Leave a comment:


  • Davey
    replied
    Re: Pickup cable splicing - tutorial

    I say this thread be vaulted. VERY good advice for n00bs and intermediate users alike.

    Leave a comment:


  • austin
    replied
    Re: Pickup cable splicing - tutorial

    Thanks for the tutorial OD! I've been doing my own pickup wiring for awhile, but I've never really had a good set method of splicing wires (I just did things kind of half-assed). This should be stickied or archived somewhere, it's awesome!

    -Austin

    Leave a comment:


  • octavedoctor
    replied
    Re: Pickup cable splicing - tutorial

    Originally posted by rainsong86
    so basically I need to have a thin coating of solder on both of the wires to be spliced.. and there also needs to be a bit of solder melted onto the soldering iron tip so that it's nice and shiny silver.. that way I can press the ends of the wires together and with a touch of heat from the soldering iron the wires will weld together.. this information is good to know because I used to think that my soldering iron needed to be completely clean so that the metal of the soldering tip will touch the components I heat and melt solder onto
    THat's exactly right. If the tip of the soldering iron is "dry" the transfer of heat is impaired. Tinning the surface allows the heat to be transferred moere efficiently as the liquid solder is a far more efficient heat transfer mechanism.

    Leave a comment:


  • rainsong86
    replied
    Re: Pickup cable splicing - tutorial

    so basically I need to have a thin coating of solder on both of the wires to be spliced.. and there also needs to be a bit of solder melted onto the soldering iron tip so that it's nice and shiny silver.. that way I can press the ends of the wires together and with a touch of heat from the soldering iron the wires will weld together.. this information is good to know because I used to think that my soldering iron needed to be completely clean so that the metal of the soldering tip will touch the components I heat and melt solder onto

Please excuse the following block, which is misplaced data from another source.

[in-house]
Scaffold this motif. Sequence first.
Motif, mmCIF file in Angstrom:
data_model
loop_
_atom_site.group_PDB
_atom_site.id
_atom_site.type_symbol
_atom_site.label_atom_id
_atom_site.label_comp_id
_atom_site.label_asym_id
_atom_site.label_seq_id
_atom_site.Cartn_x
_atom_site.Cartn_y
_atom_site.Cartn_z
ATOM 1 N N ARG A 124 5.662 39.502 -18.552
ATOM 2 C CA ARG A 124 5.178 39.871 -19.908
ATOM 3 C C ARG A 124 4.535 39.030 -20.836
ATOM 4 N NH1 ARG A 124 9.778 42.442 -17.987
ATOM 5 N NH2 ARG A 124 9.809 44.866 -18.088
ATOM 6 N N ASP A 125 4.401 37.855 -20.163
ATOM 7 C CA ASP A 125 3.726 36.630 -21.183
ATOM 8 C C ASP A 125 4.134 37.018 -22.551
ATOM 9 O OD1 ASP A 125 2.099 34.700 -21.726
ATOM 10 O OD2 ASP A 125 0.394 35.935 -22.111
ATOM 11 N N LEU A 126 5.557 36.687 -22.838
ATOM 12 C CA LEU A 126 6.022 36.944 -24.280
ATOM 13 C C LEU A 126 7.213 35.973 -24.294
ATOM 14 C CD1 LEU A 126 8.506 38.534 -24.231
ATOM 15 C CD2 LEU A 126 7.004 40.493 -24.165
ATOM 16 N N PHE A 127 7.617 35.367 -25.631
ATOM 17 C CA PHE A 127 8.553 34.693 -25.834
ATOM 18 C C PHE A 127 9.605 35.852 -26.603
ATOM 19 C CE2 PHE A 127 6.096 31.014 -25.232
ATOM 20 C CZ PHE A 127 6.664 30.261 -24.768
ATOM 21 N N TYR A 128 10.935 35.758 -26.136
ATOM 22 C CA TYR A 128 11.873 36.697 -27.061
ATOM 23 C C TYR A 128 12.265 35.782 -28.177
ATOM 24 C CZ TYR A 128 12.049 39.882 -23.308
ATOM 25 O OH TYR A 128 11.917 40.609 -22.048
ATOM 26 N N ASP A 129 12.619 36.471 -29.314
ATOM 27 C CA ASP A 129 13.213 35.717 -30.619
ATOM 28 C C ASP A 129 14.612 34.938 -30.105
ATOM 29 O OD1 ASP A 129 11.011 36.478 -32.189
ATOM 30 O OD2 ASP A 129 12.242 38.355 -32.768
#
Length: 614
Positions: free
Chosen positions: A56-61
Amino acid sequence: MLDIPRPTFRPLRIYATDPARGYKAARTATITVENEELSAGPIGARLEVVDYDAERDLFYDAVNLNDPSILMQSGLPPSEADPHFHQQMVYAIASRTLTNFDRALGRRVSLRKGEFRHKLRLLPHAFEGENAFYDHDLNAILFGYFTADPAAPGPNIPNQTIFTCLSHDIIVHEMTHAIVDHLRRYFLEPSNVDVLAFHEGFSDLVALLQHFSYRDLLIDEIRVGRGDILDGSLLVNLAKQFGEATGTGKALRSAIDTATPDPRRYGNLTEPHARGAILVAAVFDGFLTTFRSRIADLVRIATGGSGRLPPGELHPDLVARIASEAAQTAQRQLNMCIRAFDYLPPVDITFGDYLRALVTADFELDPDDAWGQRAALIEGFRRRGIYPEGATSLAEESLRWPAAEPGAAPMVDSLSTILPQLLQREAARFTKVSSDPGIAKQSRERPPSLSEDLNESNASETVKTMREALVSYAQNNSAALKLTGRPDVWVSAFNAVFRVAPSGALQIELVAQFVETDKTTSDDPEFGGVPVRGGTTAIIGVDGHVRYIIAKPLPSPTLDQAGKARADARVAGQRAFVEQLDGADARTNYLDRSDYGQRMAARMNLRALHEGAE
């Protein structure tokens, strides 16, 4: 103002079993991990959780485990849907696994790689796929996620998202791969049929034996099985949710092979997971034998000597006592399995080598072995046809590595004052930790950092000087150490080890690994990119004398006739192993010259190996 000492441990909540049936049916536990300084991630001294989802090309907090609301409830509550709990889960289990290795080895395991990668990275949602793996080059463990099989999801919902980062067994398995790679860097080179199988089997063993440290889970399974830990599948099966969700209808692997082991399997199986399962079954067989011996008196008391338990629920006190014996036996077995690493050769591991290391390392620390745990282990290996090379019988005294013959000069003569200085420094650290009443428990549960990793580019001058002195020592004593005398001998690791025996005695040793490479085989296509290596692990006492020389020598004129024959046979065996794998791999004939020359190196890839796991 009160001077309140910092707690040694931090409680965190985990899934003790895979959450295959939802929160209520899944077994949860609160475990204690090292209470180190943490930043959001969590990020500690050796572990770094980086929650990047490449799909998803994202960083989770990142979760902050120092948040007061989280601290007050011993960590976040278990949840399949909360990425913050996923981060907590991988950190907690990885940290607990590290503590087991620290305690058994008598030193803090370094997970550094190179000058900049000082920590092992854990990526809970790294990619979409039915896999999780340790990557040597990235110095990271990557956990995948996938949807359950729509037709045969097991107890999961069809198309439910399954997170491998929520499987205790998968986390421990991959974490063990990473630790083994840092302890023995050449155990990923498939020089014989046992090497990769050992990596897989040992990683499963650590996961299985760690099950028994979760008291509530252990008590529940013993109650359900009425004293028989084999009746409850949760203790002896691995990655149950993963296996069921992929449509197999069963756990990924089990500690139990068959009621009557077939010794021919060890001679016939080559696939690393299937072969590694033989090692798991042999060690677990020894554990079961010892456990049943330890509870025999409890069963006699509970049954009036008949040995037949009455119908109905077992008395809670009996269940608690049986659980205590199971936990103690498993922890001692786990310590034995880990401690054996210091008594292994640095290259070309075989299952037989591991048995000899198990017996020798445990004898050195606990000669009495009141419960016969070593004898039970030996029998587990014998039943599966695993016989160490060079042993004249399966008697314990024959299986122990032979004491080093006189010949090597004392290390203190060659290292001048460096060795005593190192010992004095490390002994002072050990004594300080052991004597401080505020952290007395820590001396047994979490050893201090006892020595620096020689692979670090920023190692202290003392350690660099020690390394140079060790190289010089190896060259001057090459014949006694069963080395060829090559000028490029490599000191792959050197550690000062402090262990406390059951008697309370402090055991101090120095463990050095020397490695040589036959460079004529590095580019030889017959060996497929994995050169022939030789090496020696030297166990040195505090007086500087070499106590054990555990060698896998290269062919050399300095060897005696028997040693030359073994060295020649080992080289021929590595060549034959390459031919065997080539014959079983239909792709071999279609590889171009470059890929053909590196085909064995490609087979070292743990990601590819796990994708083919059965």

thanks for such an involved answer octave doctor.. you're a great guy for writing up such an informative answer to my questions.. good work doc!

    Leave a comment:


  • octavedoctor
    replied
    Re: Pickup cable splicing - tutorial

    Originally posted by rainsong86
    1. how do you tin the exposed wire? (I'm assuming that you heat up the exposed wired with the soldering tip then melt solder onto it)
    Tinning is a term used to describe the process by which a metal is coated with a thin layer of solder. The solder forms a suface amalgam with the substrate metal in a process similar to galvanisation (zinc coating).
    Modern electrical solders have a resin core which acts as a flux. The flux (from the latin for flow) melts at a lower temperature than the solder and coats the surface of the metal being tinned, preventing it from oxidising as it heats, as oxidised surfaces reject solder and inhibit the surface amalgamation process. The solder is heavier than the flux though, so when the solder melts the flux floats away (a bit like water flowing under a carpet!) allowing the solder to bond with the metal substrate.

    Originally posted by rainsong86
    2. what is the purpose of tinning the exposed wire? (can't you just do a point-to-point solder joint?)